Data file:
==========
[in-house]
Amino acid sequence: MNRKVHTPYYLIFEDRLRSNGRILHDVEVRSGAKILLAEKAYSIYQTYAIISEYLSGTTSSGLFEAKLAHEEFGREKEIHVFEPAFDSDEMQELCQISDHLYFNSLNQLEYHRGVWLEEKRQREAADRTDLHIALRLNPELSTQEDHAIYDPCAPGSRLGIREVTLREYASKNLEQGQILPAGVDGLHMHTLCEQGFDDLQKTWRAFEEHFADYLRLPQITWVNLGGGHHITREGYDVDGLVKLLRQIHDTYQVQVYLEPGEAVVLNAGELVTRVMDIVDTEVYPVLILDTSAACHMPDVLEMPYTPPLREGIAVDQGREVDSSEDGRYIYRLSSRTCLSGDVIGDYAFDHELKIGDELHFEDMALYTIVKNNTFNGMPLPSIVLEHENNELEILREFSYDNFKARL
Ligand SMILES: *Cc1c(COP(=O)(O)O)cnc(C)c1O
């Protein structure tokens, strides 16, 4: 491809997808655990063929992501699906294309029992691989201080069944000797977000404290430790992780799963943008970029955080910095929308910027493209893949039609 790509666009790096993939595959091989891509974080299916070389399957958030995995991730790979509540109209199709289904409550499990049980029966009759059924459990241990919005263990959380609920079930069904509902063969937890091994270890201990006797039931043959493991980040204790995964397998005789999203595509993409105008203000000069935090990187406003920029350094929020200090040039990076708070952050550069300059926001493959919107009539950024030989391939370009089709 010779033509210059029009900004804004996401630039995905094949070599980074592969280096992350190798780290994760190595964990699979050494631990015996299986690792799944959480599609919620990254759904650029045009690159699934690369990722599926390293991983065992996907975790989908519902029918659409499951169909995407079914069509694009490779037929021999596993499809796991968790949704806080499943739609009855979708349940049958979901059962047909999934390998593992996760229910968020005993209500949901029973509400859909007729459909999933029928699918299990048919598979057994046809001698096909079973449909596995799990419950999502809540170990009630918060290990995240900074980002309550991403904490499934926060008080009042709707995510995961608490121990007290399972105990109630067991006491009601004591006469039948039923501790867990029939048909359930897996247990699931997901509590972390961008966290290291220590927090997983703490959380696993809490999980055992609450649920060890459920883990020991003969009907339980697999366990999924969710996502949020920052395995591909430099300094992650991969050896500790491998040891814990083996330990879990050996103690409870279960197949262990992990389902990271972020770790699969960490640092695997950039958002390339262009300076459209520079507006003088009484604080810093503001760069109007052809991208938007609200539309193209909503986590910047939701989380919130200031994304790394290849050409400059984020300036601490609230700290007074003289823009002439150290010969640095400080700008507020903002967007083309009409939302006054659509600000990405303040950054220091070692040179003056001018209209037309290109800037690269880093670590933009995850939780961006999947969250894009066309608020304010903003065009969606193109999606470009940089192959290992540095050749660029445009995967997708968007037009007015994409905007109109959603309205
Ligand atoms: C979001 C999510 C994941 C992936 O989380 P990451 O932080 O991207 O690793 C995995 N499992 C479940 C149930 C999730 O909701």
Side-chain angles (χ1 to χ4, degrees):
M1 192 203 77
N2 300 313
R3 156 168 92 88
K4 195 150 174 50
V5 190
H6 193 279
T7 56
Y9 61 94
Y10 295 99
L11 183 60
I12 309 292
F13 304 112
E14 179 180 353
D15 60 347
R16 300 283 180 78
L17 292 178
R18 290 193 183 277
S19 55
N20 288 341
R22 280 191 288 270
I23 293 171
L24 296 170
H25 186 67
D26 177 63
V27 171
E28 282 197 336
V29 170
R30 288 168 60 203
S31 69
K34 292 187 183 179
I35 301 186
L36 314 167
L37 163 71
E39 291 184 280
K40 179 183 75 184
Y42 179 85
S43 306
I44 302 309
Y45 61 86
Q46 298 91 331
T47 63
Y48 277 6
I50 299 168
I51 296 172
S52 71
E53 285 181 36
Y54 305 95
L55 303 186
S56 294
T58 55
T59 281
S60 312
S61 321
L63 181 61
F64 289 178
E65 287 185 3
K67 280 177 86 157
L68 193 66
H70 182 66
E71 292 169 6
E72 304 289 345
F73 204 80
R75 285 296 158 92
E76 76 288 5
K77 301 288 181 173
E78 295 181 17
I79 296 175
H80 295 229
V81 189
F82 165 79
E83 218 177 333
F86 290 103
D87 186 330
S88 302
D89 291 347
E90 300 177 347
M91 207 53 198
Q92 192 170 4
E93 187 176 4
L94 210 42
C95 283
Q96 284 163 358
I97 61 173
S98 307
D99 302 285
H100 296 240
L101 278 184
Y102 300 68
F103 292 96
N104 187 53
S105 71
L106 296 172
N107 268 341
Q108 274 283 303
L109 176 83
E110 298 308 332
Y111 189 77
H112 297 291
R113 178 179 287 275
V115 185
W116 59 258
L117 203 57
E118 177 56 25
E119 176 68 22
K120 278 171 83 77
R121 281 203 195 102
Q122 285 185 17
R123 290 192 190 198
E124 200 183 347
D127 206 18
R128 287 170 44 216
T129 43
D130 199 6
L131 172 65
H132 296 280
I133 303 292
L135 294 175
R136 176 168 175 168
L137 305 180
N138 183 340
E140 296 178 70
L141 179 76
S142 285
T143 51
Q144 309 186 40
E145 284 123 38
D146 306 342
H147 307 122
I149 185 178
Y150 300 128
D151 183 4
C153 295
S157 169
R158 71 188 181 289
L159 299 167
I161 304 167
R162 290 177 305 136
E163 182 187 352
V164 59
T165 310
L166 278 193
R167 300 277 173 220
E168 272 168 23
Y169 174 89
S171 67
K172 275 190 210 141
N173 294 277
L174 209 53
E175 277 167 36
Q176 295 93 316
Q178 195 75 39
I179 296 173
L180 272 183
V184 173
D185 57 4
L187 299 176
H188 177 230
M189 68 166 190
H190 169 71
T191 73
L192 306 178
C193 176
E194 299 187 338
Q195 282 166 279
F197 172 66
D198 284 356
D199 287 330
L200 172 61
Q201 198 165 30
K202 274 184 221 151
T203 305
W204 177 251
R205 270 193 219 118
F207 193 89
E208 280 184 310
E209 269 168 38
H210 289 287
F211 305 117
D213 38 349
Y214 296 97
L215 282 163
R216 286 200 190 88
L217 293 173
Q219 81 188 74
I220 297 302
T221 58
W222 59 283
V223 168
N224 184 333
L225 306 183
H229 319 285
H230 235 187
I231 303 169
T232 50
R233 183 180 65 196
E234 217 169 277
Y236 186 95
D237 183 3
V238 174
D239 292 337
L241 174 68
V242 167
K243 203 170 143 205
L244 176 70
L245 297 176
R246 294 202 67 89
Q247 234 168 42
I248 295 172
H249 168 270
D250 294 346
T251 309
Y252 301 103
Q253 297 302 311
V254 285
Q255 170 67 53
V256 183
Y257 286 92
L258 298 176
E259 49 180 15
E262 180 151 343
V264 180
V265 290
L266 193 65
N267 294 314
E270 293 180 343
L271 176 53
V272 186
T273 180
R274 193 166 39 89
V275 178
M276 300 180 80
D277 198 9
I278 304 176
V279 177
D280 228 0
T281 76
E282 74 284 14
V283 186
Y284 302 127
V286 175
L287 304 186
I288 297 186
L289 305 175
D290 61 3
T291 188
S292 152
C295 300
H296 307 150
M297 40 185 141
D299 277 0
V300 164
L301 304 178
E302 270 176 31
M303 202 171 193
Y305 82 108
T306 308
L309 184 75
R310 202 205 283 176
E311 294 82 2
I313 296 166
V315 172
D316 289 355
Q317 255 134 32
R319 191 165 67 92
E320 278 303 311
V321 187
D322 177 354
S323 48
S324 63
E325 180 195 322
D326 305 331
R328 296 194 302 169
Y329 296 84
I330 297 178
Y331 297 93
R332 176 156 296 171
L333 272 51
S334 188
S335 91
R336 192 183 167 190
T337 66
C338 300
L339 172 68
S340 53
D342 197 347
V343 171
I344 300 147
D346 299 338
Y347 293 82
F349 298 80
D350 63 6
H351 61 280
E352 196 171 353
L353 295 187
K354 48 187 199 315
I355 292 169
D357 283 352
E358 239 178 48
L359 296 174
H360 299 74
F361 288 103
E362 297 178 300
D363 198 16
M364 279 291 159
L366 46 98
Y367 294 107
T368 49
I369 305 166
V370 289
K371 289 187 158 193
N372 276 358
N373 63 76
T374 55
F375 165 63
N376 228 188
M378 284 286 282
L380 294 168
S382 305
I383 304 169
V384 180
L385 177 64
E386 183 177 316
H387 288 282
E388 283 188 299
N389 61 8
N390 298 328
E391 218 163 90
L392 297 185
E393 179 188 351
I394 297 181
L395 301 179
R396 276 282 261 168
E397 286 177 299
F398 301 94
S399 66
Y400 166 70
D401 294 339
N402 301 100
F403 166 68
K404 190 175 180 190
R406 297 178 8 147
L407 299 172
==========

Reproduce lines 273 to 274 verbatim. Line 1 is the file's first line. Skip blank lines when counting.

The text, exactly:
D322 177 354
S323 48